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Euston Train Station Bomb Threat: Full Story & Must-See Details

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The Euston train station in London has been evacuated due to a bomb threat. The Euston station is the fifth-busiest station in Britain.

According to British authorities, police officers responded to a suspicious package around 7:45 PM. The station has been evacuated. The Euston station was evacuated and lines are blocked due to a security incident.

According to British Transport Police, a small contained explosion believed to have been caused by an electrical item is the cause for the scare. At this time, no one has been injured. The station is currently evacuated while officers and search dogs check the area is safe.


About Euston Railway Station

Euston railway station is a central London railway terminus on Euston Road in the London Borough of Camden, managed by Network Rail. It is the southern terminus of the West Coast Main Line to Liverpool Lime Street, Manchester Piccadilly, Edinburgh Waverley and Glasgow Central.

It is also the mainline station for Birmingham New Street, Crewe, Chester, Shrewsbury and Holyhead connecting with ferries to Dublin.

The station is the fifth-busiest station in Britain and the country’s busiest intercity passenger terminal, providing a gateway from London to the West Midlands, North West England, North Wales and Scotland. High-speed services are run by Virgin Trains and overnight services to Scotland are provided by the Caledonian Sleeper, while regional and commuter services are accommodated by London Midland. The station is also connected to Euston tube station and is close to Euston Square tube station, both on the London Underground, and close to King’s Cross and St Pancras railway stations. London Overground provides local services via the Watford DC Line.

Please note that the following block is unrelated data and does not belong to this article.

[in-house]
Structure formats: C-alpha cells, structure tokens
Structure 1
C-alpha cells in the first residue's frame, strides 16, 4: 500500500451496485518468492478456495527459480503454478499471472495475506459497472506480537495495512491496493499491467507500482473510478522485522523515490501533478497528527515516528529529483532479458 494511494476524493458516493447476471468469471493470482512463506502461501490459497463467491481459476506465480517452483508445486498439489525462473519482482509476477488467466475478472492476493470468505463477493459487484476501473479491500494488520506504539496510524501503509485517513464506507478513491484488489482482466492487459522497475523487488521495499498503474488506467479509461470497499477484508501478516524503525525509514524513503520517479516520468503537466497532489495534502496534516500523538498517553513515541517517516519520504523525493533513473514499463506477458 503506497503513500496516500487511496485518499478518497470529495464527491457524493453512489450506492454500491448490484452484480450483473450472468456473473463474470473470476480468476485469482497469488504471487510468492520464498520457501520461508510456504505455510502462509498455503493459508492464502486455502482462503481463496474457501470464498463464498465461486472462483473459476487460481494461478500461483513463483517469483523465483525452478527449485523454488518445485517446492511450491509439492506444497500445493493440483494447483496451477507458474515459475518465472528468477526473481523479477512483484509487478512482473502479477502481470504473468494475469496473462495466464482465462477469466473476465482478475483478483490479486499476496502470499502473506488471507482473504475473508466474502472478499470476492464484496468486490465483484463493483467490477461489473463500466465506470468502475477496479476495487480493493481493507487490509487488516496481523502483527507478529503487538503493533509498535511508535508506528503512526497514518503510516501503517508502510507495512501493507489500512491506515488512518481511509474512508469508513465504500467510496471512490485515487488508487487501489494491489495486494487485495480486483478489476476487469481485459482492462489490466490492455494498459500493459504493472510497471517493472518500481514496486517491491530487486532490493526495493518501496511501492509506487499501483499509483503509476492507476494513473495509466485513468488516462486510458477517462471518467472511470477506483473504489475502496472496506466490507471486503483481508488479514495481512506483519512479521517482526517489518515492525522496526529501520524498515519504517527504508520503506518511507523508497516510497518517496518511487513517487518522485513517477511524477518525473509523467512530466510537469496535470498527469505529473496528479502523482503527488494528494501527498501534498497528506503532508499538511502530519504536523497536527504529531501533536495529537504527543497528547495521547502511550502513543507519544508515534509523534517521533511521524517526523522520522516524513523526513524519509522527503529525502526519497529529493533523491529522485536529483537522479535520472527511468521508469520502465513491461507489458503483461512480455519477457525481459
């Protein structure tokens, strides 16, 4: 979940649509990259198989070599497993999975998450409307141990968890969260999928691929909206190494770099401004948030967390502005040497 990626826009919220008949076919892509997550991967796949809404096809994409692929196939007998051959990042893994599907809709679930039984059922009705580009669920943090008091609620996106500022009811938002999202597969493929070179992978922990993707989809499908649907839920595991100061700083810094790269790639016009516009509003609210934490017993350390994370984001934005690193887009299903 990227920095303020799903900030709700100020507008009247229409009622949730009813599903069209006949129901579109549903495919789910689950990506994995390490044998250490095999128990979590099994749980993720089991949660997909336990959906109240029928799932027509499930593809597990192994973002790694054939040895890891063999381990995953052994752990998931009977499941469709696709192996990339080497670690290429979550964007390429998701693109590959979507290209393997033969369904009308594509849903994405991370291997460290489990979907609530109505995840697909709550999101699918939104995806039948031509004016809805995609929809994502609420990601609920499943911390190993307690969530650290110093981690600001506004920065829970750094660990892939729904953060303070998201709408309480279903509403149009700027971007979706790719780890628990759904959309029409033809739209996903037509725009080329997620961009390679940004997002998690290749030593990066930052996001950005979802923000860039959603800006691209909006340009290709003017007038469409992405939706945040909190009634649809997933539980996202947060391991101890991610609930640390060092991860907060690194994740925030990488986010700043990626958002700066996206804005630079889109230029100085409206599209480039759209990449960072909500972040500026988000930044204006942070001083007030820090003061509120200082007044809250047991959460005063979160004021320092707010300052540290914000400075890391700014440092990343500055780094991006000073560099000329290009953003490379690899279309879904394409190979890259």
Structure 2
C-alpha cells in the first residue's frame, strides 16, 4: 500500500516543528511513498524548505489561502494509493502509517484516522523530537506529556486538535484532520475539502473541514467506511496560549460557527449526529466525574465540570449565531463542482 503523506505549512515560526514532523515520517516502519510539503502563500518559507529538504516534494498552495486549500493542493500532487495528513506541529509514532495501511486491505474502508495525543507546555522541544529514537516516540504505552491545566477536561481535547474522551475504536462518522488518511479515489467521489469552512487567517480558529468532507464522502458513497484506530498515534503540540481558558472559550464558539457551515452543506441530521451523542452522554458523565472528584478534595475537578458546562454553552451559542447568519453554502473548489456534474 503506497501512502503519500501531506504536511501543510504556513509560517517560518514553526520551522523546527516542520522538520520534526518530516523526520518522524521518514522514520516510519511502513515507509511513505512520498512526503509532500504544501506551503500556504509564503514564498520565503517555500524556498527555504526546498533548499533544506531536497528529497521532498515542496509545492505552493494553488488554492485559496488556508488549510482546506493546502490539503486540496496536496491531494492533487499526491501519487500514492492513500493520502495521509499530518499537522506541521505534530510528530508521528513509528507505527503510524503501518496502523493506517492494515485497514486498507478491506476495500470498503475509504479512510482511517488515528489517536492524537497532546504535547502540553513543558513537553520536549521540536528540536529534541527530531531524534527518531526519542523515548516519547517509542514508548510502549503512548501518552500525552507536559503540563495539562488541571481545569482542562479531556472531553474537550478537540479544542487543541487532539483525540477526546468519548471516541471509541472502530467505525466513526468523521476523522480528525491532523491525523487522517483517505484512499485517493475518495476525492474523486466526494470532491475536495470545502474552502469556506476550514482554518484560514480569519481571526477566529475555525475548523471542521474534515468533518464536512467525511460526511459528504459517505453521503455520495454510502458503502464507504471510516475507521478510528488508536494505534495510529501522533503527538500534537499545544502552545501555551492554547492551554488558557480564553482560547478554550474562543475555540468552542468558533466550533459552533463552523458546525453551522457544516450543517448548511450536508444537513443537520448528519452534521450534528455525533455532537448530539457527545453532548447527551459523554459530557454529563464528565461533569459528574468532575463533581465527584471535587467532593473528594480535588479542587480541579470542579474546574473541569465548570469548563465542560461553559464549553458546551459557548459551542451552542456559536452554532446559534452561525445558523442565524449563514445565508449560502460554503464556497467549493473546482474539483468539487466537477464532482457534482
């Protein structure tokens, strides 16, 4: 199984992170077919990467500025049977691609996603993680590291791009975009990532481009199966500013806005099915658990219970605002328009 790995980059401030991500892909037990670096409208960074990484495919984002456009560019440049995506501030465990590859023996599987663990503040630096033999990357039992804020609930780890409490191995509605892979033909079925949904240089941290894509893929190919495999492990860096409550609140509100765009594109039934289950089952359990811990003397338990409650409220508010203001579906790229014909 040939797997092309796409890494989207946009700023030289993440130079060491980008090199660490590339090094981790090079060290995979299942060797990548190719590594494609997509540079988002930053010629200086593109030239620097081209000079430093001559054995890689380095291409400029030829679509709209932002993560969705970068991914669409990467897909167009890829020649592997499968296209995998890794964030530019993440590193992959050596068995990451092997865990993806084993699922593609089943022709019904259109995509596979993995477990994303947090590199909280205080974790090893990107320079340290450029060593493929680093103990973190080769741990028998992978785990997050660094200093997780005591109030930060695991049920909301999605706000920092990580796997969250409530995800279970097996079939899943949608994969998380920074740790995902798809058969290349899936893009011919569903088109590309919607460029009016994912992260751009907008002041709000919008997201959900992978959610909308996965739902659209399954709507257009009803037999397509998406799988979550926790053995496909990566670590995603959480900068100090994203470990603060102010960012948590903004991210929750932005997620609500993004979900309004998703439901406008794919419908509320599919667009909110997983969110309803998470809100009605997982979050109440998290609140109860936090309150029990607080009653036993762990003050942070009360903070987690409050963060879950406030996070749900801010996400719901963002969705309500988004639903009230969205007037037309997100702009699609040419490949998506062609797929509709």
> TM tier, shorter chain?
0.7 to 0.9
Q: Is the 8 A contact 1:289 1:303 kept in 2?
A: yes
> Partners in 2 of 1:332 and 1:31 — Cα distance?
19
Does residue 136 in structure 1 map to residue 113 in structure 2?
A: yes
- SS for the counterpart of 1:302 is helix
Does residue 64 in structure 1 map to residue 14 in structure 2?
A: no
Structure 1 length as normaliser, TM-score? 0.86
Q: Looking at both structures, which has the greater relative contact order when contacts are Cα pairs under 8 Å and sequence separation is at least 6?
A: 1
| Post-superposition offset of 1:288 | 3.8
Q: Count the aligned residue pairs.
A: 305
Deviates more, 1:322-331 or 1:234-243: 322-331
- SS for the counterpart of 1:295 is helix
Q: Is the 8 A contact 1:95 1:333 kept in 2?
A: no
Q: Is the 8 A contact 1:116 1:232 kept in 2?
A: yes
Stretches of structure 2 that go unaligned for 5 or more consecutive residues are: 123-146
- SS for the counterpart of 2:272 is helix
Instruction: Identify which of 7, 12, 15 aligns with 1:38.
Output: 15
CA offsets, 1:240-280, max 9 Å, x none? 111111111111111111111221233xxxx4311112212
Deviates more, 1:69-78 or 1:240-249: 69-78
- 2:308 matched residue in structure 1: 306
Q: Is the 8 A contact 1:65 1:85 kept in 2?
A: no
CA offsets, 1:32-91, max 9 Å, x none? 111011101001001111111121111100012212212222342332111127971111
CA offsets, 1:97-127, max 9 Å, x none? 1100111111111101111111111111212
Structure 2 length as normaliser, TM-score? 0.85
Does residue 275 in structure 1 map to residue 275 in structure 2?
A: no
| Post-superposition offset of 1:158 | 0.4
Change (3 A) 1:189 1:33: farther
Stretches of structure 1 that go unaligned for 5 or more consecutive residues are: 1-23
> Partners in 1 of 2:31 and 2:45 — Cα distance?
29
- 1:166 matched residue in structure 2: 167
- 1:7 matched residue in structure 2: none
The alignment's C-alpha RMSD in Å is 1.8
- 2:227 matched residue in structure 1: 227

Euston was the first inter-city railway terminal in London, planned by George and Robert Stephenson. The original station was designed by Philip Hardwick and built by William Cubitt, having a distinctive arch over the station entrance. The station opened as the terminus of the London and Birmingham Railway on 20 July 20, 1837. Euston was expanded after the L&BR was amalgamated with other companies to form the London and North Western Railway, leading to the original sheds being replaced by the Great Hall in 1849. Capacity was increased throughout the 19th century from two platforms to fifteen. The station was controversially rebuilt in the mid-1960s, including the demolition of the Arch and the Great Hall, to accommodate the electrified West Coast Main Line, and the revamped station still attracts criticism over its architecture. Euston remains a significant station into the 21st century, and is proposed to be the London terminus of the future High Speed 2 pro


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